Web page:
^{−2}m/d for the fourth layer.

#### 3.2. Probability Density Function of the Low Hydraulic Conductivity Field

^{−6}to 5.93 × 10

^{−5}, respectively. As $\alpha $ decreases, the frequency of sudden large jumps in the random field increases [32]. The parameter $\gamma $ is known as the scale parameter. It is equal to half the variance when $\alpha $ = 2, and plays a similar role for $\alpha $ < 2 (i.e., it is a measure of the width of the distribution). As $\gamma $ increases, the magnitudes of the sudden large jumps increase [33]. The skewness parameter $\beta $ values for layers 2 and 4 were the same, equal to 1 (the maximum for this parameter), indicating extremely right-skewed distributions for these datasets. $\beta $ for layer 3 equaled 0.39, and the degree of skewness was weaker than for the other two layers. $\delta $, the shift parameter, represents the centering of the distribution, and it is equal to the mean of the distribution only when $\alpha $ > 1 and $\beta $ = 0. The differences of $\delta $ in Table 2 show the different centering of the four layers.

#### 3.3. The Effects of K PDFs on Solute Transport

_{e}) was 0.3, and the longitudinal dispersion coefficient (D

_{L}) was 0.05 m

^{2}/d. Although the porosity and dispersion coefficients were indeed of high variations for subsurface mediums, even for the silt and clay materials, we only focused the influence on the solute transport from the variation of K rather than the porosity and dispersion coefficients. The hydraulic gradient was set to a constant of 1.0, and the velocity (u) become a single-valued function of K; then the explicit expressions of t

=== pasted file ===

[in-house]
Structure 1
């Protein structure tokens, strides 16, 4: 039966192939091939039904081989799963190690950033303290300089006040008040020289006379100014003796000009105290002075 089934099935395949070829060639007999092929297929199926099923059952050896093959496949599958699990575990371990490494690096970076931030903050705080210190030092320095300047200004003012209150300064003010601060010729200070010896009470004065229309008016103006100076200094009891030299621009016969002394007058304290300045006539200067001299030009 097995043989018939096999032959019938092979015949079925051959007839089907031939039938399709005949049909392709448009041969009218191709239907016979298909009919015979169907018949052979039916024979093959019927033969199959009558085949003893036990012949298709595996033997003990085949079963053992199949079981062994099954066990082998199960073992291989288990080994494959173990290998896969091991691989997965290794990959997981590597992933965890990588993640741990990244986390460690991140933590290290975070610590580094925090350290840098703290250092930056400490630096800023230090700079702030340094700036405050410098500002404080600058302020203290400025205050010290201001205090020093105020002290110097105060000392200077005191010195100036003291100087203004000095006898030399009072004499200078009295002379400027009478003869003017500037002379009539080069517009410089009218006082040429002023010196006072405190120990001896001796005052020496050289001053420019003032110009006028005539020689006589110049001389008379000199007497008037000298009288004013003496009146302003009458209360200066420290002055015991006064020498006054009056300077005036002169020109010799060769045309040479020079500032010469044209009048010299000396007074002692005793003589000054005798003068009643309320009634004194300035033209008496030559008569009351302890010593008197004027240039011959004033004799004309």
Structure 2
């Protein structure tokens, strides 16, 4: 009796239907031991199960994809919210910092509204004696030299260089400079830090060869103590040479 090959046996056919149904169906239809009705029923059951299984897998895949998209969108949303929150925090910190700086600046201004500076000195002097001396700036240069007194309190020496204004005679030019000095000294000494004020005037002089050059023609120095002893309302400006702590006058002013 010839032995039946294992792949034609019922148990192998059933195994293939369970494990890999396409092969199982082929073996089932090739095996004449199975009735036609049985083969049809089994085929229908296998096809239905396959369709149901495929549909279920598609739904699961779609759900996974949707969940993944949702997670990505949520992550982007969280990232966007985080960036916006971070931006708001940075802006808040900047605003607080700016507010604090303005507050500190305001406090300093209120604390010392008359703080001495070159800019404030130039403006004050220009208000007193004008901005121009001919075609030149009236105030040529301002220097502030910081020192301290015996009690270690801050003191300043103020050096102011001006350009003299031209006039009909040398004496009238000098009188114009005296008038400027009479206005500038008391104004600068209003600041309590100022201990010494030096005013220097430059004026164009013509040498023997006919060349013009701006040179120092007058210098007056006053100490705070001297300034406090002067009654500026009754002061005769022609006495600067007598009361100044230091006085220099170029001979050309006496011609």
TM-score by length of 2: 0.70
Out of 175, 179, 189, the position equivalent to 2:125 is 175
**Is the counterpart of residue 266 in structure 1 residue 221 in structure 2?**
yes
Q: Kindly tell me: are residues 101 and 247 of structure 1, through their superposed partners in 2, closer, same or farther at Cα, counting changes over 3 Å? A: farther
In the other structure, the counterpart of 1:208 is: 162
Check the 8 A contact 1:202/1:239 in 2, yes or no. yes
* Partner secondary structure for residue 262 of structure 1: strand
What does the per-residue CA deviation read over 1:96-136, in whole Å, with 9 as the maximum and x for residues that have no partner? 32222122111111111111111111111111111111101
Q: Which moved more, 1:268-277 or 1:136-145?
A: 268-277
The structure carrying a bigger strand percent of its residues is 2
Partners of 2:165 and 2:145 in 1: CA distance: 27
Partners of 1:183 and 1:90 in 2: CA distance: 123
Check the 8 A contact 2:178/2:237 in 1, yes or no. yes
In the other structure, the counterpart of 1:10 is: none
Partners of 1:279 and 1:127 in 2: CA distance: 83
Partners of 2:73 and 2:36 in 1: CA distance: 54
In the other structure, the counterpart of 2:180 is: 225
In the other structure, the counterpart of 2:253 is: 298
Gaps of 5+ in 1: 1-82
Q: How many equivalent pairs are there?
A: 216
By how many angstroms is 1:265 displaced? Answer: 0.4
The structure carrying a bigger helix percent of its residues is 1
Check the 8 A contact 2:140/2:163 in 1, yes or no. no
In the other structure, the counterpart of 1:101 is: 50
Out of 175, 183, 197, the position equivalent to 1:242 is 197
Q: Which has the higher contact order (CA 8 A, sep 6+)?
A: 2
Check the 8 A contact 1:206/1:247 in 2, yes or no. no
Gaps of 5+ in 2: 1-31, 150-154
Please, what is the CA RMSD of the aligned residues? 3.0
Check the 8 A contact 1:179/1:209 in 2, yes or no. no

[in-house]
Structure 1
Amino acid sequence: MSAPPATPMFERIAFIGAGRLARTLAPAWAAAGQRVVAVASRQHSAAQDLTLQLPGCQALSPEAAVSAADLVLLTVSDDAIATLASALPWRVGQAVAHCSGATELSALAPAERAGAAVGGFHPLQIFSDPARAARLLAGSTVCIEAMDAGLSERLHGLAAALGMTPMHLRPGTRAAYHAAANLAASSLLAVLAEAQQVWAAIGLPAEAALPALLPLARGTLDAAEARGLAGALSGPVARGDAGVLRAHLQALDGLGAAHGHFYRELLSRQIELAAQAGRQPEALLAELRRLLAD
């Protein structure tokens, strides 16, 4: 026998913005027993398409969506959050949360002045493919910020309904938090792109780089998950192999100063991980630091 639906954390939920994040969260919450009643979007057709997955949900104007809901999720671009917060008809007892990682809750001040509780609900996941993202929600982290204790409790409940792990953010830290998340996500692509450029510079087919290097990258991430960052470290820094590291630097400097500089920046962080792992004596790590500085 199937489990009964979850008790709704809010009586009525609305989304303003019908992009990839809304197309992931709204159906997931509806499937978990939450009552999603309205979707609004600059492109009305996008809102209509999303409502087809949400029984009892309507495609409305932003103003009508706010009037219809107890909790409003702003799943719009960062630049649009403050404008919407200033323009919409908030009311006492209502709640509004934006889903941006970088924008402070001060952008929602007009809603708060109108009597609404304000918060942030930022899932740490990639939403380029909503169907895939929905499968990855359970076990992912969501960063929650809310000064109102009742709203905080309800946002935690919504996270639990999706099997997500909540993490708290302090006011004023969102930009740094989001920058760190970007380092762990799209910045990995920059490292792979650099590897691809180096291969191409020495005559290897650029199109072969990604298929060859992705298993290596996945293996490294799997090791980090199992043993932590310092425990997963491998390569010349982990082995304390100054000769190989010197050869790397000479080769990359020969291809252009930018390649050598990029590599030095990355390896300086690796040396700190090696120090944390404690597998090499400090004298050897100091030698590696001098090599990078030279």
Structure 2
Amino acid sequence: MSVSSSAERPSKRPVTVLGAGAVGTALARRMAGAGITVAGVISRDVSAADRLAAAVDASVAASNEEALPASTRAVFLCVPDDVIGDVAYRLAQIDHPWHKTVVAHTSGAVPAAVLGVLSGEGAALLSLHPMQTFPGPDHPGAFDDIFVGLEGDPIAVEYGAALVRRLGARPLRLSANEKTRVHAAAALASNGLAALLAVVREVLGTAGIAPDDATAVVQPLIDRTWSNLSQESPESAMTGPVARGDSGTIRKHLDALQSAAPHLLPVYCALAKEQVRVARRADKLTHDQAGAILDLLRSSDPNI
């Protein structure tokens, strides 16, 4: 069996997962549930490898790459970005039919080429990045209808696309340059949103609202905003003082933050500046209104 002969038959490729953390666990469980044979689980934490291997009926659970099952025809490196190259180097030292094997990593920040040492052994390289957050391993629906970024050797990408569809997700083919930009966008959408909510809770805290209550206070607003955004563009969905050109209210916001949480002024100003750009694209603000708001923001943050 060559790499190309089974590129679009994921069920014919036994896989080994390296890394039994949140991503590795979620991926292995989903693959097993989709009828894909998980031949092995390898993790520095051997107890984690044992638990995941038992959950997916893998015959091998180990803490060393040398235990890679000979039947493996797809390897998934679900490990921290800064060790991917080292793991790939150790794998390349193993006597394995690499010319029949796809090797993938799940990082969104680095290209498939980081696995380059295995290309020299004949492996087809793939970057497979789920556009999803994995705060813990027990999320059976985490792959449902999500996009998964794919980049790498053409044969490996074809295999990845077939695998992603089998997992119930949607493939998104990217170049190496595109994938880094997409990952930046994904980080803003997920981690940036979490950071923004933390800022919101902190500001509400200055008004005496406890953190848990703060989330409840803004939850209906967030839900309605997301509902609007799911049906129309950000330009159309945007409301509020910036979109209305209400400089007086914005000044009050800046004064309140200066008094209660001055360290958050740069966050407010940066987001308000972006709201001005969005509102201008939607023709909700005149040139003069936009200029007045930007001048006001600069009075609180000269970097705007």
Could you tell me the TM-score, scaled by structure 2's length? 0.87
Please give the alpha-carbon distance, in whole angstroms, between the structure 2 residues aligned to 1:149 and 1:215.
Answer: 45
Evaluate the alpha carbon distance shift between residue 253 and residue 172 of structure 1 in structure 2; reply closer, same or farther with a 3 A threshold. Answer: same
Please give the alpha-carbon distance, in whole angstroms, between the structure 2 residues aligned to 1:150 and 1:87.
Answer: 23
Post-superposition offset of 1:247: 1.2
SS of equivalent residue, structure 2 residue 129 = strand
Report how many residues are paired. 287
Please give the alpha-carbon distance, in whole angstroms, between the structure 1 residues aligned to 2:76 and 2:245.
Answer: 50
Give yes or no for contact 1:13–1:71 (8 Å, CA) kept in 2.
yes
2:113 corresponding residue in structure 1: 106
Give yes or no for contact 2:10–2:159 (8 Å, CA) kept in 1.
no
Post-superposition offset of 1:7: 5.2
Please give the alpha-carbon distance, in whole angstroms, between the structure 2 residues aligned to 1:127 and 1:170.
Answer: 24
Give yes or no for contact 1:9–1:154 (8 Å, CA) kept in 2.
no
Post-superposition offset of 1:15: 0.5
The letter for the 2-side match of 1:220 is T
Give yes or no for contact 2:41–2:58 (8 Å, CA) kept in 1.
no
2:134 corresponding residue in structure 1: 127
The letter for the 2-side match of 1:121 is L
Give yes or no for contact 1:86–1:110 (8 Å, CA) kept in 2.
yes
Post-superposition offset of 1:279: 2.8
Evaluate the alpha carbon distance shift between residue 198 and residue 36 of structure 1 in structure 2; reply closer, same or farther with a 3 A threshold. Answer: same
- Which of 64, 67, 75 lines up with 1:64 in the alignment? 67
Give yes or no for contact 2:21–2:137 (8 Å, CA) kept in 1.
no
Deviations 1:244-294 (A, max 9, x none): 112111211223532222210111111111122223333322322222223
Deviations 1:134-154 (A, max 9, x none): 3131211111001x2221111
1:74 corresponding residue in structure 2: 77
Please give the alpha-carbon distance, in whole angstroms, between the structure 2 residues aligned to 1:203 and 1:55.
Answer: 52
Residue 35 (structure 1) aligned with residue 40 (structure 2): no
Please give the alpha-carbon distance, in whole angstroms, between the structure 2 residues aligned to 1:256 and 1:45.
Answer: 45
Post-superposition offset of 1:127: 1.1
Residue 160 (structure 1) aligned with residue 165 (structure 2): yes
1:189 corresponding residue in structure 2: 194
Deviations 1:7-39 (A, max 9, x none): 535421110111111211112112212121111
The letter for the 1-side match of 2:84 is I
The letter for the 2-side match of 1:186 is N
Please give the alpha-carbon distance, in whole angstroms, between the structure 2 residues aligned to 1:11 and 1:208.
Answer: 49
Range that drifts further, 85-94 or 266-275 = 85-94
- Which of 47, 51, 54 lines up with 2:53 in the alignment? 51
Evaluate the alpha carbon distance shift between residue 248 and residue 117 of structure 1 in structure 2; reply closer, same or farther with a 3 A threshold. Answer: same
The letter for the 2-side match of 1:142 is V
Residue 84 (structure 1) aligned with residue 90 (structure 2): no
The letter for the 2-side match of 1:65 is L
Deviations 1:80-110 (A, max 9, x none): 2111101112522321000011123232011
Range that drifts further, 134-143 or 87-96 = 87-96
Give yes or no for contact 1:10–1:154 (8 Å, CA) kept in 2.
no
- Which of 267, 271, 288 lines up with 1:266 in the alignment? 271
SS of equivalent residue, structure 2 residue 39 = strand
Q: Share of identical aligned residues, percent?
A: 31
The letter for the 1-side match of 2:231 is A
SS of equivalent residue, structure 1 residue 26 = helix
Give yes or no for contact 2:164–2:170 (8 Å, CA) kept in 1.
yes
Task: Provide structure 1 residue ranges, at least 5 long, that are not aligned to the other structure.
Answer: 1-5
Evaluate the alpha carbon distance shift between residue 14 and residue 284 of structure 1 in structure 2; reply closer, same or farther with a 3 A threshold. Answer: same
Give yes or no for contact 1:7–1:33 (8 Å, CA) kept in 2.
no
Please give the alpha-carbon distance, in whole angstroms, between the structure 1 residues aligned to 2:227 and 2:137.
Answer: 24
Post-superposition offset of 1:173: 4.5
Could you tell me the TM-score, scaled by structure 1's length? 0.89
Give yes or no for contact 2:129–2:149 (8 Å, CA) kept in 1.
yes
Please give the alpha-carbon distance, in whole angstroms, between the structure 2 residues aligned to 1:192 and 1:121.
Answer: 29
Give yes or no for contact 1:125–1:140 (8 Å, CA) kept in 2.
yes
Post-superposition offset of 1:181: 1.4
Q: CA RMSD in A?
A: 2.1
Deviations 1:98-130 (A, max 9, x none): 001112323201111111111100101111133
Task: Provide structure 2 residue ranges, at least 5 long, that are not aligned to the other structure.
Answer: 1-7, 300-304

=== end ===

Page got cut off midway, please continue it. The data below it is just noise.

_{p}-K and C

_{p}-K could be easily obtained from Equations (5) and (6). The monotonic variations, both of increasing C

_{p}and decreasing t

_{p}, with the increasing K value were observed from Figure 4. High t

_{p}and low C

_{p}values were consistent with the small K, and low t

_{p}and high C

_{p}values corresponded to a strong permeability of high K.

_{p}) and peak concentration (C

_{p}) could be simulated by Equations (5) and (6).

#### 3.3.1. Effects of K PDFs on Peak Time

^{5}d) was a little greater than that simulated by the log-normal distribution (788.3 d, 9.9 × 10

^{4}d). The minimum values especially between these two distributions were significantly different. This indicated that the Levy stable distribution could generate greater random values of K and then result in a smaller peak time. Additionally, the mean and median values of simulated peak time values from the Levy stable distribution (8.4 × 10

^{4}d and 9.6 × 10

^{4}d) were apparently greater than those of the log-normal distribution (7.7 × 10

^{4}d and 8.8 × 10

^{4}d). The interquartile ranges (IQRs) for the Levy-stable and log-normal distributions were 1.1 × 10

^{4}d and 3.7 ×10

^{4}d, respectively. From Figure 5, the simulation results of peak times from the Levy stable distribution are gathered in the area of greater value, and random numbers of K generated by the Levy stable distribution concentrate in the area of lower value. These results agreed with the high-peak and heavy-tail characteristics of the Levy stable distribution.

^{4}d. Equation (4) explicitly indicates the negative correlation between peak time and flow velocity. In this study, velocity (u) was proportional to K through the assumed 1-D model, and the peak time (t